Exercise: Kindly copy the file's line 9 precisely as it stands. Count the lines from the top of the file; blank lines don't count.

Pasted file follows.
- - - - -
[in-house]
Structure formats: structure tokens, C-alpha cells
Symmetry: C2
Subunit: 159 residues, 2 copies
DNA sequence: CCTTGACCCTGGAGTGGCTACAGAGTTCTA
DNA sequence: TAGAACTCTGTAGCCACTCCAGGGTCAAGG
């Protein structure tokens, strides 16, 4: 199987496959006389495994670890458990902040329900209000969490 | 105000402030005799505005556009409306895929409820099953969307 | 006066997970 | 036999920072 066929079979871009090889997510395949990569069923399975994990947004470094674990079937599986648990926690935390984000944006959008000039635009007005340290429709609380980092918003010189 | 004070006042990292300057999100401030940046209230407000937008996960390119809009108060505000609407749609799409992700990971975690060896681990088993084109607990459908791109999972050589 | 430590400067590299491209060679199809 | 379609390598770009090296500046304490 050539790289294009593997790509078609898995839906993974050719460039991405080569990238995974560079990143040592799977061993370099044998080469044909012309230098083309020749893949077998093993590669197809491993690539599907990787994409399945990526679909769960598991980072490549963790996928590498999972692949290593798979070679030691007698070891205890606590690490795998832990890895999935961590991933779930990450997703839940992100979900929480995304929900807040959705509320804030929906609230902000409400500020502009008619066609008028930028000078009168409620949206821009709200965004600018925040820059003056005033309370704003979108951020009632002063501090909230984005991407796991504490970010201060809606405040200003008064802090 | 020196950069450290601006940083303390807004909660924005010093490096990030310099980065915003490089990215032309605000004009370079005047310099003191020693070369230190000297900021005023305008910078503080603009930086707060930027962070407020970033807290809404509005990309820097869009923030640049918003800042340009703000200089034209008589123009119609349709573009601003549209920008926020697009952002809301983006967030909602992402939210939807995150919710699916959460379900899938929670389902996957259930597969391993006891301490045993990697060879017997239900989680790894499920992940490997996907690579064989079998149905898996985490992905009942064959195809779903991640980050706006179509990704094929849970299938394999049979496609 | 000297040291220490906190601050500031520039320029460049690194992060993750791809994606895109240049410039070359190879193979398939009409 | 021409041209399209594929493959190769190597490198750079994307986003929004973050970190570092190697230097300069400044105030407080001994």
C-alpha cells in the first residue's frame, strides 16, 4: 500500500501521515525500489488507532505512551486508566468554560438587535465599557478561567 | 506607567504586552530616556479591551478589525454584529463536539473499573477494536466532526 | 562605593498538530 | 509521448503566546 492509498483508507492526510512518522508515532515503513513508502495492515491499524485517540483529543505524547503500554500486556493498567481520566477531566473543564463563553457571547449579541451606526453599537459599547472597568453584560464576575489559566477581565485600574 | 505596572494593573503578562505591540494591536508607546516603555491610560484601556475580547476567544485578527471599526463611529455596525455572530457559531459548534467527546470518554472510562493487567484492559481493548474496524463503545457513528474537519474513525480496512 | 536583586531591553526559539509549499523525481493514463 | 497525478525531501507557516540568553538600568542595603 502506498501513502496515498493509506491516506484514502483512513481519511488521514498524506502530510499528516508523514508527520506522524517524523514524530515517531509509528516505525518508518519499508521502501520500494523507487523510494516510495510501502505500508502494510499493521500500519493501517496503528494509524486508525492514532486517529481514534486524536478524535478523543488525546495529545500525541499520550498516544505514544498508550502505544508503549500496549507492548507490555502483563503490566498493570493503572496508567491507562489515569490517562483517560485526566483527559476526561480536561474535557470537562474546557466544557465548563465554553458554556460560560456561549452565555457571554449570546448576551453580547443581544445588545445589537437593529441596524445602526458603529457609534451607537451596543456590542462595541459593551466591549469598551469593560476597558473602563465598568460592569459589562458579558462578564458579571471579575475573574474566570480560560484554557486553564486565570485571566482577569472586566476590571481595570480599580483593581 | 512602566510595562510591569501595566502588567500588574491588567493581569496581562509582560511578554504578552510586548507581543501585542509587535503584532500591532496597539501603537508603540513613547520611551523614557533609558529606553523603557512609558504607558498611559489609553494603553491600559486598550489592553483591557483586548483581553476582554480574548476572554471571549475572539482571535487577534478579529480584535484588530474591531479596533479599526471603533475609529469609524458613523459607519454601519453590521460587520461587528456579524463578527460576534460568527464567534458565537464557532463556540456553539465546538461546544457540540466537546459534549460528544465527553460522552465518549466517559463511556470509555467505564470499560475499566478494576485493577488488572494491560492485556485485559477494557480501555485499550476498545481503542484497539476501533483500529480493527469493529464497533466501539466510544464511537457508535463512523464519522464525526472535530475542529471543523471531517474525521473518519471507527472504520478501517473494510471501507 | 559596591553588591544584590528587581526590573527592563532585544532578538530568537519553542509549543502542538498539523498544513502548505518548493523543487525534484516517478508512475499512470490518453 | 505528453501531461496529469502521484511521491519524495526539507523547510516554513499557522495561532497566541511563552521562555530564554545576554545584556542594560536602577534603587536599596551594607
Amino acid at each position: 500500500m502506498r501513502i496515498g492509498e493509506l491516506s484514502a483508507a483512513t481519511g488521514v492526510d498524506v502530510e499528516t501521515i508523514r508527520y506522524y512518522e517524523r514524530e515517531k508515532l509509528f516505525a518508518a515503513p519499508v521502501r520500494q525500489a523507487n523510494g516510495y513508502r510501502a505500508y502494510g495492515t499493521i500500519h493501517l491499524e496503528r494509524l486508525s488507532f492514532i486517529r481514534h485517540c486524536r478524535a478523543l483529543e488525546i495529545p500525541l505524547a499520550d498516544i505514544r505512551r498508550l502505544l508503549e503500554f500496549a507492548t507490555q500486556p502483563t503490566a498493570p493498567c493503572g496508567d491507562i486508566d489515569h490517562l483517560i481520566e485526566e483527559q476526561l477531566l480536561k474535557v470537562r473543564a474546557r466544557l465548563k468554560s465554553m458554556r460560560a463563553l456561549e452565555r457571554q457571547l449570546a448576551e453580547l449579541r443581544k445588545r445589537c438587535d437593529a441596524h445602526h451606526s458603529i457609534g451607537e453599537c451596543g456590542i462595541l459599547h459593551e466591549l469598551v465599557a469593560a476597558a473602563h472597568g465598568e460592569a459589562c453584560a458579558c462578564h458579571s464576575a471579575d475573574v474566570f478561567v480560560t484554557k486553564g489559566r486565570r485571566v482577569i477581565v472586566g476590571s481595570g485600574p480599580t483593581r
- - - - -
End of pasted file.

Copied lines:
Amino acid at each position: 500500500m502506498r501513502i496515498g492509498e493509506l491516506s484514502a483508507a483512513t481519511g488521514v492526510d498524506v502530510e499528516t501521515i508523514r508527520y506522524y512518522e517524523r514524530e515517531k508515532l509509528f516505525a518508518a515503513p519499508v521502501r520500494q525500489a523507487n523510494g516510495y513508502r510501502a505500508y502494510g495492515t499493521i500500519h493501517l491499524e496503528r494509524l486508525s488507532f492514532i486517529r481514534h485517540c486524536r478524535a478523543l483529543e488525546i495529545p500525541l505524547a499520550d498516544i505514544r505512551r498508550l502505544l508503549e503500554f500496549a507492548t507490555q500486556p502483563t503490566a498493570p493498567c493503572g496508567d491507562i486508566d489515569h490517562l483517560i481520566e485526566e483527559q476526561l477531566l480536561k474535557v470537562r473543564a474546557r466544557l465548563k468554560s465554553m458554556r460560560a463563553l456561549e452565555r457571554q457571547l449570546a448576551e453580547l449579541r443581544k445588545r445589537c438587535d437593529a441596524h445602526h451606526s458603529i457609534g451607537e453599537c451596543g456590542i462595541l459599547h459593551e466591549l469598551v465599557a469593560a476597558a473602563h472597568g465598568e460592569a459589562c453584560a458579558c462578564h458579571s464576575a471579575d475573574v474566570f478561567v480560560t484554557k486553564g489559566r486565570r485571566v482577569i477581565v472586566g476590571s481595570g485600574p480599580t483593581r